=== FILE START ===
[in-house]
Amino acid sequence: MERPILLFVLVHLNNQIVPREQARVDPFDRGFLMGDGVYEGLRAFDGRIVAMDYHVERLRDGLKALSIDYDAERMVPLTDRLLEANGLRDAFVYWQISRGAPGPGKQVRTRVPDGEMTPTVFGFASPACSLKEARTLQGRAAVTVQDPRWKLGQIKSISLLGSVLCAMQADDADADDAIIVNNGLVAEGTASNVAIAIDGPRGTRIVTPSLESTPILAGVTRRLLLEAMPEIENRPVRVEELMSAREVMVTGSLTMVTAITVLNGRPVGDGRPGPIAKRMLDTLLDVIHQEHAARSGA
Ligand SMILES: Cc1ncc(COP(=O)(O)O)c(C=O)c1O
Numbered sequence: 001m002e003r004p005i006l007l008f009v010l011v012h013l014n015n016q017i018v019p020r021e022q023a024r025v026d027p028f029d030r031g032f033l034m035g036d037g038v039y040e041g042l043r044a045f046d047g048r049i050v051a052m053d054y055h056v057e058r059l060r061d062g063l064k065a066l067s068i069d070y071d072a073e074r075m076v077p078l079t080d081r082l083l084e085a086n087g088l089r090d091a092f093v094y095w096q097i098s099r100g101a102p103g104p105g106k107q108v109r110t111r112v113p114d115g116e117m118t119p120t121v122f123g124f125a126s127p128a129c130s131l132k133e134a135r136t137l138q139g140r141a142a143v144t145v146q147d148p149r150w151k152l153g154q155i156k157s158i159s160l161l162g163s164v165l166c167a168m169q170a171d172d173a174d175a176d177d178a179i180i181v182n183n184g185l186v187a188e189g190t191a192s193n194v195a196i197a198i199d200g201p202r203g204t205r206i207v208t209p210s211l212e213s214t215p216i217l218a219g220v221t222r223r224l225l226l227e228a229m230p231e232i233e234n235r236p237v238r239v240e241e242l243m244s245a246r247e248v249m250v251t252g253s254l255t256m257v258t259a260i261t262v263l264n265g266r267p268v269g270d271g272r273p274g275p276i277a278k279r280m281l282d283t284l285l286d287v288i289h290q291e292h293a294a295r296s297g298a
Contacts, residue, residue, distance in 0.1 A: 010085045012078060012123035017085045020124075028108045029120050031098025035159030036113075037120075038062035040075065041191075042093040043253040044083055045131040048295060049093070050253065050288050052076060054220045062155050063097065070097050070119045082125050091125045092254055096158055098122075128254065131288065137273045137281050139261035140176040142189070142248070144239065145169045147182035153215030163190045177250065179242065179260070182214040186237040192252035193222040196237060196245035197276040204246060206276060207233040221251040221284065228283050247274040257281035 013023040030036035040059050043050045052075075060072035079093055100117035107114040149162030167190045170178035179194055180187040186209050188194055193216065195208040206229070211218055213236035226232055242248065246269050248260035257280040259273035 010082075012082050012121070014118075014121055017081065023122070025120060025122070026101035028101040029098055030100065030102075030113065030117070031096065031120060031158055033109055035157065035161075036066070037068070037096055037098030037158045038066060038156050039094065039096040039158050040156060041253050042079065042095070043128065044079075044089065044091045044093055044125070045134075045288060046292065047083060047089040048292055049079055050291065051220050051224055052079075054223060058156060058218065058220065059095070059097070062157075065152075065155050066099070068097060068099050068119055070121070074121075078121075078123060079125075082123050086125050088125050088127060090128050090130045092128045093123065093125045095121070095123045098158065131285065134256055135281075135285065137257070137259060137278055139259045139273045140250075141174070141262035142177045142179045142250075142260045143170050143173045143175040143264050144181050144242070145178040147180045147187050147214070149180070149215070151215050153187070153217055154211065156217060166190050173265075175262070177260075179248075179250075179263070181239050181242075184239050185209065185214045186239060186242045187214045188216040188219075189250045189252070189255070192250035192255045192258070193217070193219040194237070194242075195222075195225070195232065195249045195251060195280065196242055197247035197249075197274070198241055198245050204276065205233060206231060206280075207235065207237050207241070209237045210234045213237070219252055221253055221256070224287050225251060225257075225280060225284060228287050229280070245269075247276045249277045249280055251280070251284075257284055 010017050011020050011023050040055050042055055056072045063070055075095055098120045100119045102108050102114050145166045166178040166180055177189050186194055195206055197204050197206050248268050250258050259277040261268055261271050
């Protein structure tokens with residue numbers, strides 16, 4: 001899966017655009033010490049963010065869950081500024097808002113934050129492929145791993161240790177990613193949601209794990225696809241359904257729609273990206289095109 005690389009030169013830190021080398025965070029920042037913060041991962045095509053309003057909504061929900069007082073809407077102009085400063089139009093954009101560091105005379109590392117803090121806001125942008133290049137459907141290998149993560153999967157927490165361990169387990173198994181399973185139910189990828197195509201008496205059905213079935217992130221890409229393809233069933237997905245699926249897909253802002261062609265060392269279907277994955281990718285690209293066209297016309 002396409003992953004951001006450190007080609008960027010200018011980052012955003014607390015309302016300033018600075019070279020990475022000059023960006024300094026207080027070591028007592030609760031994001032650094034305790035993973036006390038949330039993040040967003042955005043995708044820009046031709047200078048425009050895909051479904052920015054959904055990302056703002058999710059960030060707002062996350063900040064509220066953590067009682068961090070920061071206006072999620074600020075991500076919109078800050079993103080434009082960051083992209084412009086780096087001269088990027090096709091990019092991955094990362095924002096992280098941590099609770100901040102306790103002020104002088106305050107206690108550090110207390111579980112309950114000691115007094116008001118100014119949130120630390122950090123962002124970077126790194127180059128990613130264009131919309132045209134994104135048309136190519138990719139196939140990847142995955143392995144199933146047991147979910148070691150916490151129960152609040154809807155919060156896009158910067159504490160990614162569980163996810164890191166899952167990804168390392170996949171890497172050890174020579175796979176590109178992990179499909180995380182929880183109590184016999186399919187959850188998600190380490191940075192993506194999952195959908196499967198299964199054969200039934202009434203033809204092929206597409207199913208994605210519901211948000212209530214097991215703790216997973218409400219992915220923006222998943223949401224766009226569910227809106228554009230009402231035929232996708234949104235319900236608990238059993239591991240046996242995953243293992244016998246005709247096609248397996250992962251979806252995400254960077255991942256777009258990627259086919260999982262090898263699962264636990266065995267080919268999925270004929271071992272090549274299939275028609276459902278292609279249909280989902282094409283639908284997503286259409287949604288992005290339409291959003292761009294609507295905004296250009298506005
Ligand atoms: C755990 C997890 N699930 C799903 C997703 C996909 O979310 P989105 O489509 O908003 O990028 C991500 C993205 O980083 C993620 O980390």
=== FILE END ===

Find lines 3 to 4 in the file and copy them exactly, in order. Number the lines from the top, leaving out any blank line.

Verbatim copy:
Ligand SMILES: Cc1ncc(COP(=O)(O)O)c(C=O)c1O
Numbered sequence: 001m002e003r004p005i006l007l008f009v010l011v012h013l014n015n016q017i018v019p020r021e022q023a024r025v026d027p028f029d030r031g032f033l034m035g036d037g038v039y040e041g042l043r044a045f046d047g048r049i050v051a052m053d054y055h056v057e058r059l060r061d062g063l064k065a066l067s068i069d070y071d072a073e074r075m076v077p078l079t080d081r082l083l084e085a086n087g088l089r090d091a092f093v094y095w096q097i098s099r100g101a102p103g104p105g106k107q108v109r110t111r112v113p114d115g116e117m118t119p120t121v122f123g124f125a126s127p128a129c130s131l132k133e134a135r136t137l138q139g140r141a142a143v144t145v146q147d148p149r150w151k152l153g154q155i156k157s158i159s160l161l162g163s164v165l166c167a168m169q170a171d172d173a174d175a176d177d178a179i180i181v182n183n184g185l186v187a188e189g190t191a192s193n194v195a196i197a198i199d200g201p202r203g204t205r206i207v208t209p210s211l212e213s214t215p216i217l218a219g220v221t222r223r224l225l226l227e228a229m230p231e232i233e234n235r236p237v238r239v240e241e242l243m244s245a246r247e248v249m250v251t252g253s254l255t256m257v258t259a260i261t262v263l264n265g266r267p268v269g270d271g272r273p274g275p276i277a278k279r280m281l282d283t284l285l286d287v288i289h290q291e292h293a294a295r296s297g298a